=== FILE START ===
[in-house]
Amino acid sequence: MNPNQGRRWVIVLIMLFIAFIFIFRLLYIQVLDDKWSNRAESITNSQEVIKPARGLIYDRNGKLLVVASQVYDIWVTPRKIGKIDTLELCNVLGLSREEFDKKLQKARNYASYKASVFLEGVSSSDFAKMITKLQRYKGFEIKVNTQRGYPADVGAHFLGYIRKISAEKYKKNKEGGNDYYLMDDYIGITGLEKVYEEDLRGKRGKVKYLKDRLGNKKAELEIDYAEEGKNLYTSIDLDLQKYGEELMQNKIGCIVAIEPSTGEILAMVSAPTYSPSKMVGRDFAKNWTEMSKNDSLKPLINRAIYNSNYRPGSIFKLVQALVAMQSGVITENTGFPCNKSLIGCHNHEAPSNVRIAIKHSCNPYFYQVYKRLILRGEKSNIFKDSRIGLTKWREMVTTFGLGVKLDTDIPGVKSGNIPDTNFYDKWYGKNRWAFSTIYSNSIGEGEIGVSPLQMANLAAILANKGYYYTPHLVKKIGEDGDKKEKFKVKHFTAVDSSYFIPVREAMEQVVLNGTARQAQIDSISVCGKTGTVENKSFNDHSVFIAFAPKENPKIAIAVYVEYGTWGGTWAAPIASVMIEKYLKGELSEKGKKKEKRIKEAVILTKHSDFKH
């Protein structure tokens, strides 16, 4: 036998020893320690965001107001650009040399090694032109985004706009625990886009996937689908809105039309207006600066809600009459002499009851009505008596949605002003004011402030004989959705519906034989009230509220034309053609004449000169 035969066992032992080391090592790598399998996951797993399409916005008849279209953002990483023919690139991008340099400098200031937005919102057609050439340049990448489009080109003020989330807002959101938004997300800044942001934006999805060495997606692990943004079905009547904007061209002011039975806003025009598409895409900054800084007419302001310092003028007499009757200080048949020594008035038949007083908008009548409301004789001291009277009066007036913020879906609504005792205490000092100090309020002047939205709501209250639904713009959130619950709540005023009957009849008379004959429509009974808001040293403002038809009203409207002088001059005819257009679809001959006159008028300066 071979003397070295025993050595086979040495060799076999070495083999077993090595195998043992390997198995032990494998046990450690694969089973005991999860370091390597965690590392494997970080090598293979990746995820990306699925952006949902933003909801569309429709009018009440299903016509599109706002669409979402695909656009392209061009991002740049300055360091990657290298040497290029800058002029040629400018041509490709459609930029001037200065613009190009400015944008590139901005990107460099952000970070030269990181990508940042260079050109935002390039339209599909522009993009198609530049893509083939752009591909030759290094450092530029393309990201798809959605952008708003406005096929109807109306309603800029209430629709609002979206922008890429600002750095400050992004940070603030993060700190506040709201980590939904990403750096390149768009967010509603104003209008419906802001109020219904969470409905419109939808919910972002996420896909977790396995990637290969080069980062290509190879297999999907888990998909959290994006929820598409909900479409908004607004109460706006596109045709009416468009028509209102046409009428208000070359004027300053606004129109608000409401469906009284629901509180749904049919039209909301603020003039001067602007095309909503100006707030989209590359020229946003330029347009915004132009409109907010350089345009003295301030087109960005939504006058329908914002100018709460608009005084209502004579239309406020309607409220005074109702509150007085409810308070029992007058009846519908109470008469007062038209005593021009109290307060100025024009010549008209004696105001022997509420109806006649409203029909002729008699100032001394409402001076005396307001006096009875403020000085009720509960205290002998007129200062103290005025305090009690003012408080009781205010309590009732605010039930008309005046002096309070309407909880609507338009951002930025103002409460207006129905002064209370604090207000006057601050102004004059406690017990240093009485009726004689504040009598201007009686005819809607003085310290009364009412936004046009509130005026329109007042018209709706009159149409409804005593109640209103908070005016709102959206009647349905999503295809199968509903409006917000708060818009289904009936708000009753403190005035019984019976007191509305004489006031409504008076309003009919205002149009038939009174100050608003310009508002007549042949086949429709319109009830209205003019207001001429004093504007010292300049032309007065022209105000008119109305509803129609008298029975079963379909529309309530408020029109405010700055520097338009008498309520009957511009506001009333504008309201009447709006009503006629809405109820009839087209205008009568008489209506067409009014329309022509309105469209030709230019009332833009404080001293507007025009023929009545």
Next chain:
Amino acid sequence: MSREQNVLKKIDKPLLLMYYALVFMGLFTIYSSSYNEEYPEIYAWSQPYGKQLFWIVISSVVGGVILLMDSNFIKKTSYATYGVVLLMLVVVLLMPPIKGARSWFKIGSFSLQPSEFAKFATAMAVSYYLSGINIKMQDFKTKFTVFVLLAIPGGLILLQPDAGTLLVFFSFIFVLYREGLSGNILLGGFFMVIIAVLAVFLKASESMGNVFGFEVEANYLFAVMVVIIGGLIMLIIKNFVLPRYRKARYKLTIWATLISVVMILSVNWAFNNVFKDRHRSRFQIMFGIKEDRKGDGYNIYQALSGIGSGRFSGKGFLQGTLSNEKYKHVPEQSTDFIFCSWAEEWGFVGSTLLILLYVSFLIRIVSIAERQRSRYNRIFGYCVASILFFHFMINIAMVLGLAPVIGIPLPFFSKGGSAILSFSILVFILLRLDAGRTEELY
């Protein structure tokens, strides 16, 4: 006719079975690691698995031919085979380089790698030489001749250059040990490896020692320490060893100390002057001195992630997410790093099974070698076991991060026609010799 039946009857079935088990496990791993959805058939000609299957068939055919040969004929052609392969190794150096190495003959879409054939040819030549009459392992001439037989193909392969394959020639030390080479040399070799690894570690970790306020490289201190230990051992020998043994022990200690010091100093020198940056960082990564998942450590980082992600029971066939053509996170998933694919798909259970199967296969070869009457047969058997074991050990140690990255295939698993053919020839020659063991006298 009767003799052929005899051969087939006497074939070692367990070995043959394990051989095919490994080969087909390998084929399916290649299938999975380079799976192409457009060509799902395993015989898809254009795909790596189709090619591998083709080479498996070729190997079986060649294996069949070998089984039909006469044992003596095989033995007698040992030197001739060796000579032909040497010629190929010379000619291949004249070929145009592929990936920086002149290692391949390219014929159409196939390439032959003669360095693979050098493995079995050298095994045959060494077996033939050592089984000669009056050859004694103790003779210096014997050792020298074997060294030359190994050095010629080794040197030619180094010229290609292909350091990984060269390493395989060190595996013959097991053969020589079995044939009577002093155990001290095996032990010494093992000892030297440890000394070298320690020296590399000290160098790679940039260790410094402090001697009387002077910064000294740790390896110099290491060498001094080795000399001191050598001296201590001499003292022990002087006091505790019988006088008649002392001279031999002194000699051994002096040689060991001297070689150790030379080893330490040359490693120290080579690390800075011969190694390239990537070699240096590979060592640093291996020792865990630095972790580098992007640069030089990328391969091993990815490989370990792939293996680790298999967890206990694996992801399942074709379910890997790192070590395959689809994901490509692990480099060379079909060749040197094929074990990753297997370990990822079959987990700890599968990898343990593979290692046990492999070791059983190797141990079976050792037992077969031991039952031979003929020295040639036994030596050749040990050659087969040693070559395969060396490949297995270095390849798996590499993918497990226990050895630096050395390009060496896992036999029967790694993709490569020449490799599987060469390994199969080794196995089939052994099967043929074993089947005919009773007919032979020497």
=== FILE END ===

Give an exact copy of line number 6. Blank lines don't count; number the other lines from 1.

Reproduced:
């Protein structure tokens, strides 16, 4: 006719079975690691698995031919085979380089790698030489001749250059040990490896020692320490060893100390002057001195992630997410790093099974070698076991991060026609010799 039946009857079935088990496990791993959805058939000609299957068939055919040969004929052609392969190794150096190495003959879409054939040819030549009459392992001439037989193909392969394959020639030390080479040399070799690894570690970790306020490289201190230990051992020998043994022990200690010091100093020198940056960082990564998942450590980082992600029971066939053509996170998933694919798909259970199967296969070869009457047969058997074991050990140690990255295939698993053919020839020659063991006298 009767003799052929005899051969087939006497074939070692367990070995043959394990051989095919490994080969087909390998084929399916290649299938999975380079799976192409457009060509799902395993015989898809254009795909790596189709090619591998083709080479498996070729190997079986060649294996069949070998089984039909006469044992003596095989033995007698040992030197001739060796000579032909040497010629190929010379000619291949004249070929145009592929990936920086002149290692391949390219014929159409196939390439032959003669360095693979050098493995079995050298095994045959060494077996033939050592089984000669009056050859004694103790003779210096014997050792020298074997060294030359190994050095010629080794040197030619180094010229290609292909350091990984060269390493395989060190595996013959097991053969020589079995044939009577002093155990001290095996032990010494093992000892030297440890000394070298320690020296590399000290160098790679940039260790410094402090001697009387002077910064000294740790390896110099290491060498001094080795000399001191050598001296201590001499003292022990002087006091505790019988006088008649002392001279031999002194000699051994002096040689060991001297070689150790030379080893330490040359490693120290080579690390800075011969190694390239990537070699240096590979060592640093291996020792865990630095972790580098992007640069030089990328391969091993990815490989370990792939293996680790298999967890206990694996992801399942074709379910890997790192070590395959689809994901490509692990480099060379079909060749040197094929074990990753297997370990990822079959987990700890599968990898343990593979290692046990492999070791059983190797141990079976050792037992077969031991039952031979003929020295040639036994030596050749040990050659087969040693070559395969060396490949297995270095390849798996590499993918497990226990050895630096050395390009060496896992036999029967790694993709490569020449490799599987060469390994199969080794196995089939052994099967043929074993089947005919009773007919032979020497």